Region is awash in pirated software: survey
More than half the software installed on Hong Kong computers is pirated and on the mainland the rate is 92 per cent, according to a global survey released yesterday.
Slashing the level of pirated software would boost both economies by enabling the information technology sector to expand, and in turn benefit other sectors, bringing with it a tax revenue windfall for both governments, it was claimed.
A 10 per cent cut would generate US$630 million (HK$4.91 billion) for the Hong Kong economy and bring in US$40 million in tax income, it was estimated. On the mainland, reducing the level of piracy by the same amount could boost the economy by as much as US$122 billion and provide an extra US$10 billion for the government in revenue, the survey claimed.
The survey was conducted by research firm International Data, which denied the figures showing potential benefits of cutting piracy levels were too optimistic. Research manager Robin Giang added that complex methodology had been used, with many variables including the tax rate and the number of people employed in the IT sector.
The study was conducted in 57 countries, including 14 in the Asia-Pacific region. Based on the data from 2001, the last year covered by the survey, Vietnam has the worst piracy rate at 94 per cent. China ranked second, followed by Indonesia at 88 per cent.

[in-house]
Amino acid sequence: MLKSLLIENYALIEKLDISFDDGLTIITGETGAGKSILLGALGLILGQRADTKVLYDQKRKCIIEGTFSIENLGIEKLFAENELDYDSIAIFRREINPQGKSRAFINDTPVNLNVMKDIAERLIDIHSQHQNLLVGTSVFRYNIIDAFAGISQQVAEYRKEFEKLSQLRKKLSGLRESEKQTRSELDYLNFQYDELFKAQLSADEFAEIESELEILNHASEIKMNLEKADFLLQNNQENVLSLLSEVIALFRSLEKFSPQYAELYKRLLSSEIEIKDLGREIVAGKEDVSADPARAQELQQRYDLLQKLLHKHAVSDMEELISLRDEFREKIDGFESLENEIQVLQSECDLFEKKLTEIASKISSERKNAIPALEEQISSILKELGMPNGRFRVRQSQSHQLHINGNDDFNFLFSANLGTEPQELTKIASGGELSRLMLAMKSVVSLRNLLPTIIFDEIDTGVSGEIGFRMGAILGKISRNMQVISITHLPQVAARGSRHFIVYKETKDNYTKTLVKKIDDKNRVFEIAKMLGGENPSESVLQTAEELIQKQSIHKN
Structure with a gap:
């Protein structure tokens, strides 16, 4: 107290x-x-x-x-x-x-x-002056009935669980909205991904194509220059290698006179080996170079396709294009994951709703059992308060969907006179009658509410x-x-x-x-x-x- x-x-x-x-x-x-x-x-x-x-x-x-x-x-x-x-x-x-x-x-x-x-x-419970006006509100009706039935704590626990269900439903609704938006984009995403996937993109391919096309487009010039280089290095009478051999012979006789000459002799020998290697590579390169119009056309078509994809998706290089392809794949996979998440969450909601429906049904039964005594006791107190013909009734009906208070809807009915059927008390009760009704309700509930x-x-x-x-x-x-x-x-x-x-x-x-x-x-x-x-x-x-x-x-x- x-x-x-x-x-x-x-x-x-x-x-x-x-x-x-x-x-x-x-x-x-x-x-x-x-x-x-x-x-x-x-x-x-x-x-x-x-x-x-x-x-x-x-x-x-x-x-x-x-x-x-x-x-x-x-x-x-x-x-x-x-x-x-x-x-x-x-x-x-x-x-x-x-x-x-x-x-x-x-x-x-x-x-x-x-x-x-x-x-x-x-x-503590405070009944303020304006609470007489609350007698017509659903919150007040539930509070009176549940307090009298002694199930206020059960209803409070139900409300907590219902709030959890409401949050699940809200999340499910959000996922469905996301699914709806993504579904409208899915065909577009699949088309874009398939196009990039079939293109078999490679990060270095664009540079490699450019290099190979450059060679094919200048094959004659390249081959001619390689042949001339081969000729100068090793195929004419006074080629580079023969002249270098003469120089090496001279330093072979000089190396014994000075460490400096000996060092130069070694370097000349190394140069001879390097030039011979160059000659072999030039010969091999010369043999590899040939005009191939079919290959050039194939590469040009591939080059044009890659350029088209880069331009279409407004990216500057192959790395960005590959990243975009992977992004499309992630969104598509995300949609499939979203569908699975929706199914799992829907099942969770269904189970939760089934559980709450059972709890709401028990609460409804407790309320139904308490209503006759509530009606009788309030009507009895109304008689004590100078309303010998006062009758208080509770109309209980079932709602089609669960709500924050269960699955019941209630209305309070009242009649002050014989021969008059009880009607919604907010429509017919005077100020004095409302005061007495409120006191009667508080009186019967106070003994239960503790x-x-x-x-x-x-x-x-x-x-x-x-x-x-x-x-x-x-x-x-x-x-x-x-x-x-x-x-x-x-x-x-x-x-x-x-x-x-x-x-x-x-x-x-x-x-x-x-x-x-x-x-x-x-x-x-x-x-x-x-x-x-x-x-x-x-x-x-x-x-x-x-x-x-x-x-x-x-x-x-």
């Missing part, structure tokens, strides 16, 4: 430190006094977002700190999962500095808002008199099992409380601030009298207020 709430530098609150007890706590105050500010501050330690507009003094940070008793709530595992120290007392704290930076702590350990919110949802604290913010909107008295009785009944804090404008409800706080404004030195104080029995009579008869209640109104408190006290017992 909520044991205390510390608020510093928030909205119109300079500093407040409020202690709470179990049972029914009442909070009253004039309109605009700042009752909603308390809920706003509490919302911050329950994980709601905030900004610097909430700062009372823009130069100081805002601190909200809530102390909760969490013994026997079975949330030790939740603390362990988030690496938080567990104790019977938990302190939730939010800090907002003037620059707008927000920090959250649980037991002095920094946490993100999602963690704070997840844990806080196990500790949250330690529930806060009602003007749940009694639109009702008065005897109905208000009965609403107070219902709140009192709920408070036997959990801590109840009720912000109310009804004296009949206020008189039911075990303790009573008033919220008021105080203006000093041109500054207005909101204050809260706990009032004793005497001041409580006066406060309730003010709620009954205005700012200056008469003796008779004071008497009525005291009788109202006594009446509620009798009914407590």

Hong Kong is joint 24th on the table at 53 per cent, on a par with Taiwan and Poland. Ringo Wong Chee-kao, chairman of the Hong Kong Business Software Alliance (BSA), which commissioned the survey, said a high piracy rate would turn investors away.
'Only a low piracy rate encourages entrepreneurs to invest in developing innovative products and services,' he said. 'The key challenge moving forward will be ensuring effective criminal enforcement against the illegal use of software in the business environment.'
The BSA argued that, in time, a 10 per cent cut in the piracy rate could be achieved. It said Hong Kong achieved an 11 per cent cut between 1996 and 2001. Mr Wong dismissed claims that people only turned to pirated copies because authentic software was too expensive. He said nearly all kinds of software were illegally copied, regardless of the price.
'There is no correlation. We don't see more expensive software being pirated more,' he said. 'There is no way software developers can compete in price with the software that the pirates sell, which is virtually free.'
Director of the government's Intellectual Property Department, Stephen Selby, said customs officers were ready to carry out raids. He also said the government was talking to software developers about simplifying the process used to prove their software had been pirated.
The fastest growing means of trading pirated material is through the Internet, according to the BSA's vice-president, Jeffrey Hardee. 'We used search engines to look for sites offering pirated copies, and it's incredible how many we came up with,' he said. 'We've notified Internet service providers, advising that they shut them down or they will be liable too.'